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Research and General Interest Resource Roundup 2019 | Educational Data Systems

Research and General Interest Resource Roundup 2019

As we look forward to a new calendar year, we want to provide you with resources to stay up-to-date on research related to assessment, geospatial analysis, and educational policy. Here is a set of some of our favorite publications of 2019. We hope you will find these links helpful, and Happy New Year!

Research related to place, geography and geographical information systems (GIS). The American Educational Research Association published an Open Journal collection of 9 educational policy research papers related to geospatial analysis. The topics include patterns of segregation, the importance of historical and geographical context in educational research, the geography of school choice, and patterns in Pre-K enrollment.

Examining absenteeism using geographic data. In Danger on the Way to School: Exposure to Violent Crime, Public Transportation, and Absenteeism, Julia Burdick-Will, Marc L. Stein, and Jeffrey Grigg present research based on data collected and analyzed in a geographic information system. The authors put together crime, transportation, and student-level data to examine how exposure to violent crime is related to high school absenteeism in Baltimore. The literature review section is highly accessible and relevant for anyone exploring research on chronic absenteeism.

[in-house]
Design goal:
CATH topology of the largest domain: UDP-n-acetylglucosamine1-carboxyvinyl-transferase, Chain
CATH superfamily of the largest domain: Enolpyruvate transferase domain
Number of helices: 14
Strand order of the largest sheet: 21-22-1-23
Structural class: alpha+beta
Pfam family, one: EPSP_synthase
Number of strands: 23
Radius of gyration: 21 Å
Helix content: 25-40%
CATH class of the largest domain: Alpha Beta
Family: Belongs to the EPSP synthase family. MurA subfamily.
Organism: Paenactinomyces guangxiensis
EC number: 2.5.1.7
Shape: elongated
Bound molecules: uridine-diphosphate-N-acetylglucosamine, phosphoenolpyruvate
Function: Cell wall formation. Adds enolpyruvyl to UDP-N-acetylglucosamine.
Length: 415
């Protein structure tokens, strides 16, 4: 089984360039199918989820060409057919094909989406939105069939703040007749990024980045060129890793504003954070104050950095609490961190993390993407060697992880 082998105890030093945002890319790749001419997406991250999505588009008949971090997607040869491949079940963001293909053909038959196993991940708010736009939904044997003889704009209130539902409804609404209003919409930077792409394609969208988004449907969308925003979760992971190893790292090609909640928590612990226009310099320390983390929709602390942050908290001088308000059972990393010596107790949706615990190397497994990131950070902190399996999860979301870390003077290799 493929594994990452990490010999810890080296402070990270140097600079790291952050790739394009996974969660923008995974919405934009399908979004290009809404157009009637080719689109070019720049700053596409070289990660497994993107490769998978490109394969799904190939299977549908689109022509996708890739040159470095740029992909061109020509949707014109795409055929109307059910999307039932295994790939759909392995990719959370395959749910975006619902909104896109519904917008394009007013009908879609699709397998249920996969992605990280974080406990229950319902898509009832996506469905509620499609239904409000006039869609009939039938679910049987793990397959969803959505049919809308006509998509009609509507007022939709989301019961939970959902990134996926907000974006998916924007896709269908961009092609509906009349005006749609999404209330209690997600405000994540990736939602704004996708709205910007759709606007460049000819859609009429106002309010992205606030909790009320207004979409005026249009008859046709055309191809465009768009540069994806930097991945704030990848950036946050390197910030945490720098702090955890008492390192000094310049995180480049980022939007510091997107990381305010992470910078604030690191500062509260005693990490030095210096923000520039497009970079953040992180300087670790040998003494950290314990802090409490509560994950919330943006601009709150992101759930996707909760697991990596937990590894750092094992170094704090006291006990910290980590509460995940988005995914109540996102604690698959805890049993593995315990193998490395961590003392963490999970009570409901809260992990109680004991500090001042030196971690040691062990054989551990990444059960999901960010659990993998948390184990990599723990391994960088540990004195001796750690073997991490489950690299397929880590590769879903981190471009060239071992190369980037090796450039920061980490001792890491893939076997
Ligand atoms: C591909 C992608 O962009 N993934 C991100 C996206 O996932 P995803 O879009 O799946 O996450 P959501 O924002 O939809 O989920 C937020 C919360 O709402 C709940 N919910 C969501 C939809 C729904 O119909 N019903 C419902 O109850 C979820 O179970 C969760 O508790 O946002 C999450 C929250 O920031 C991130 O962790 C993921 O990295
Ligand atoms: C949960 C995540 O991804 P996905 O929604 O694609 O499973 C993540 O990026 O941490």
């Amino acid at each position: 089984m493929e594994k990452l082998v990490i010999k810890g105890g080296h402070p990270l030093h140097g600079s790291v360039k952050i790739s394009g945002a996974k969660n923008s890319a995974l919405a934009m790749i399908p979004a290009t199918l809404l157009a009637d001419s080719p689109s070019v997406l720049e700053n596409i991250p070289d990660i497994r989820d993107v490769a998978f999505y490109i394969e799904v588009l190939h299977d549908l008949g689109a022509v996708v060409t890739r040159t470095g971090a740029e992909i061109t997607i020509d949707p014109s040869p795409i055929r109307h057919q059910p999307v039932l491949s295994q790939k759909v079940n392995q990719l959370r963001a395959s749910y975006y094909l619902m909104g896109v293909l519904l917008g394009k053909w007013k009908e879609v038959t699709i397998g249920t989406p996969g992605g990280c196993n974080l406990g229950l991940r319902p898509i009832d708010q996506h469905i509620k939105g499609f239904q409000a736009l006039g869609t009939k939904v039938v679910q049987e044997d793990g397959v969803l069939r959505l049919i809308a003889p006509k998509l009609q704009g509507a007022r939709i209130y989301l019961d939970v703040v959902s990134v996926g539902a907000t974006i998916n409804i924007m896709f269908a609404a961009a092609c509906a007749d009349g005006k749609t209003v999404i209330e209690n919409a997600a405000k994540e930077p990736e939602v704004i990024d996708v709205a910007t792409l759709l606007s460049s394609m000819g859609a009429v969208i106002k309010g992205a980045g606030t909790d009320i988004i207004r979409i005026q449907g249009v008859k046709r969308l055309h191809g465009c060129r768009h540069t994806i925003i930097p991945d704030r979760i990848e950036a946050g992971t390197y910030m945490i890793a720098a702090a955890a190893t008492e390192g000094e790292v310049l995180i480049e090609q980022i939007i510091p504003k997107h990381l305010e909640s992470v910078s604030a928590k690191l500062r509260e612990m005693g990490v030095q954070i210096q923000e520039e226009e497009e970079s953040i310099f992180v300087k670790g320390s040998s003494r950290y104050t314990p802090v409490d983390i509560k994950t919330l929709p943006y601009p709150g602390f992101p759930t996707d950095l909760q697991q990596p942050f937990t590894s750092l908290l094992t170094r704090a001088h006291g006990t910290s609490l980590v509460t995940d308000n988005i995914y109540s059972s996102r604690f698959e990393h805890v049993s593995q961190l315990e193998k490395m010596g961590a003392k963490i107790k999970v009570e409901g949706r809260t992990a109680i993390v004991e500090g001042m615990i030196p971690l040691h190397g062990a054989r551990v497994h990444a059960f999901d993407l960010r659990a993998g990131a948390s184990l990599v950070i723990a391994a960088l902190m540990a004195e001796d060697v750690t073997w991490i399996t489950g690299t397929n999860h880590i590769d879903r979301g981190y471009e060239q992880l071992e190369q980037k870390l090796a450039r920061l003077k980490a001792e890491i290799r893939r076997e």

Rasch model of measurement. The Rasch model is widely used in large-scale assessment, but the unit of measure—the logit—is not easy to interpret. In Interpreting and visualizing the unit of measurement in the Rasch Model, Derek C. Briggs presents an argument and a pathway for establishing a more meaningful reference unit.

Indicators of Educational Opportunity database. Researchers at Stanford University have compiled a database of indicators of academic performance from around the country. An interactive data exploration tool allows users to compare “measures of educational opportunity” from locations around the US. The website includes links to research reports based on analysis of information included in the database.

Help with understanding research reports. Reports from think tanks often tackle hot topics and provide recommendations for educational policy, but they are not generally peer reviewed. The National Education Policy Center at the University of Colorado, Boulder provides balanced reviews of current, non-peer reviewed educational policy reports.

Using academic peer review standards, reviewers consider the quality and defensibility of a report’s assumptions, methods, findings, and recommendations. Written in non-academic language, reviews are intended to help policymakers, reporters, and others assess the social science merit of a reviewed report and to judge its value in guiding policy.

Recent reviews have examined reports on topics such as student achievement in charter schools and fairness in school facilities funding.